Israeli media point finger at Iran over Bulgaria attack
The killing of several Israeli tourists in an apparent suicide bombing of a bus in the Bulgarian resort of Burgas prompts the Israeli media to debate whether it is retaliation for Israel's alleged assassination of Iranian nuclear scientists. Iran's media are refraining from comment on the story so far, apart from a statement on a TV website dismissing the accusation as "ridiculous".
Israeli TV channels and radio stations have given over almost all their news bulletins to updates and reactions, and the story is the lead in the morning newspapers and websites.
"Terror in holiday city" declares the headline in the popular tabloid Yediot Aharonot, echoed in more sober terms in the rest of the daily press. All front pages report Prime Minister Benjamin Netanyahu's remark that "everything points to Iran".
Most pundits agree with the government that Iran was responsible - either directly or through its Lebanese ally Hezbollah.
Meir Javedanfar, an Iran analyst at Israel's Interdisciplinary Centre in Herzliya, however cautions against leaping to conclusions, reports the Times of Israel website.
He acknowledges that Iran is a major suspect because the bombing came on the anniversary of Iran's attack on a Jewish centre in Buenos Aires - and in the context of "recent attempts to attack Israeli targets" in Thailand, Azerbaijan and India. However he does not rule out the possibility that al-Qaeda is involved, concluding "For now all we have to go on are assumptions, and a list of credible suspects", the website reports.
Ehud Yaari, Arab affairs analyst at popular commercial Channel 2 TV, was the first to say Hezbollah broadcast a denial of involvement on Lebanese Al-Mayadeen TV - but most Israeli news outlets give greater prominence to threats against Israel by Hezbollah leader Hassan Nasrallah in a speech on Wednesday.
Several journalists see the attack as part of a shadow war in which Israel is allegedly killing Iranian nuclear scientists and Tehran is apparently targeting Israeli tourists and diplomats abroad.
Ronen Bergman in Yediot Aharonot wonders whether Israel's purported assassination programme takes into account the risks to its own civilians: "The execution team should prove beyond doubt that there is genuine justification for putting Israeli citizens in harm's way, because it is impossible to defend them everywhere".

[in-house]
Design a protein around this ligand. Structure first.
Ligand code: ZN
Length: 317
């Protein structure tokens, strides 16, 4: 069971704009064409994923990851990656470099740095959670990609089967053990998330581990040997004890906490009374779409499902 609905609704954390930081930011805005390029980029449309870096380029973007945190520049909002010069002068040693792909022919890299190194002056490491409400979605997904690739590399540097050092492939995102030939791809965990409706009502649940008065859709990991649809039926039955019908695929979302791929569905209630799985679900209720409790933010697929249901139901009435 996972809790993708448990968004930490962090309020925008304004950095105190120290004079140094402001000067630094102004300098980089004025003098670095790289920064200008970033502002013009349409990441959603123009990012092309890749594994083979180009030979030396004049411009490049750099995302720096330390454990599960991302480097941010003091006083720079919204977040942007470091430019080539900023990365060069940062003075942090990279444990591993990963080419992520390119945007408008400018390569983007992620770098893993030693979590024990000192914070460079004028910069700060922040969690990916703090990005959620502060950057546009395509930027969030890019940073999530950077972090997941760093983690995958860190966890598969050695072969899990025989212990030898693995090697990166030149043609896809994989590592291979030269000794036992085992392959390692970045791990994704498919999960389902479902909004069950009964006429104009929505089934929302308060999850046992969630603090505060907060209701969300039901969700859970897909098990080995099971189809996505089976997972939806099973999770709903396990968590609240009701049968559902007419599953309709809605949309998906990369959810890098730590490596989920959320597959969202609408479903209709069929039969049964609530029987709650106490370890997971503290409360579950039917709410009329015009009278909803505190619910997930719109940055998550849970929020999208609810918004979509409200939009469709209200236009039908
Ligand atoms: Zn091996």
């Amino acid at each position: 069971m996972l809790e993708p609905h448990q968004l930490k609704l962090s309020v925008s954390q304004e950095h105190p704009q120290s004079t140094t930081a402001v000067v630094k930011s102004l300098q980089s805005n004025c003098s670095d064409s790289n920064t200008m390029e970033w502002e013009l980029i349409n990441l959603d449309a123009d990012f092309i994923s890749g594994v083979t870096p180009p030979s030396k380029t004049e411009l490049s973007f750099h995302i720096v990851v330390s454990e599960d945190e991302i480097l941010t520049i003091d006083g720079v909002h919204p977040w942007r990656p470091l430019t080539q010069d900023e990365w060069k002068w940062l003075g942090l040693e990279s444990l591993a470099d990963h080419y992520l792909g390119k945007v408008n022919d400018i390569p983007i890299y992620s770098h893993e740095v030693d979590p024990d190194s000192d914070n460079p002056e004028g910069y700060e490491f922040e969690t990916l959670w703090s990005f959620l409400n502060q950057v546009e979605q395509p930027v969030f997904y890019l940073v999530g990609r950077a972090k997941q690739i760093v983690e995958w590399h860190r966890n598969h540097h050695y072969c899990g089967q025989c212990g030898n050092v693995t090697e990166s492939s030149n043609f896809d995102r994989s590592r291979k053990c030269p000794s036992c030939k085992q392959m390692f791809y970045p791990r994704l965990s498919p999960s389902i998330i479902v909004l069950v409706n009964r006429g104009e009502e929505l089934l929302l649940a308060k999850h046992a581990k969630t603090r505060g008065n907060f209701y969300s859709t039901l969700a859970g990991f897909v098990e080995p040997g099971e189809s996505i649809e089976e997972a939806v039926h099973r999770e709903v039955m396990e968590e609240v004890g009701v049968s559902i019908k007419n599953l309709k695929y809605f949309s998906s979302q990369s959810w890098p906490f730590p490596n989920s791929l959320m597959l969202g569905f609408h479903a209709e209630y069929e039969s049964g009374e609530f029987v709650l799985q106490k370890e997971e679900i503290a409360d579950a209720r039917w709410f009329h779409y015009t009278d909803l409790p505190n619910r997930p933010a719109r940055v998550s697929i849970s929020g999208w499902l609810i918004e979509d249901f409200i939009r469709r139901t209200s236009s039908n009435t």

Prominent analyst Amos Harel in the liberal daily Haaretz thinks this struggle with Iran will continue "mainly underground until a decision is taken on how to deal with the nuclear issue".
Offer Shelah in Maariv says Israel will not retaliate with violence but rather by increasing international political pressure on Iran: "Anyone who expects a noisy response from Israel will wait in vain. Israel's response will be political, and aim to convince any remaining doubters that what we have here is a serial exporter of terrorism".
Yaakov Katz in the English-language Jerusalem Post agrees, saying the relatively small scale of the attack "demonstrates the difficulty Hezbollah faces today in carrying out large-scale attacks against Israel" and "might not be enough to require an immediate response". He thinks the government will take its time before deciding how to retaliate: "Above all, it will first work to create an intelligence dossier to prove to the world that Iran really was behind the bombing".
Yoav Limor in the pro-government freesheet Yisrael Hayom says Israel's security chiefs see the attack as Hezbollah's work and consider it another reason, along with the steady collapse of the Assad government, to justify an Israeli "offensive" in Lebanon to stop Syrian chemical weapons falling into Hezbollah's hands.
"Ridiculous and repetitive stance"
Iran's foreign ministry spokesman has condemned "all terrorist attacks" in general terms, according to the country's Arabic-language Al-Alam TV channel, but the only media comment on the bombing at this point is a statement on the website of the Islamic Republic of Iran News Network (IRINN) official rolling-news TV channel.
It condemns the "hasty, ridiculous and repetitive stance by which the prime minister of the Zionist regime has once again accused Iran of involvement". It in turn accused Israel of "pursuing a new scenario against Iran only a few hours after the attack".
IRINN was the only Iranian TV channel to report the attack in its morning bulletins, referring to the victims as "Zionists" but not mentioning the Israeli accusations. There was no reporting or comment in the press.
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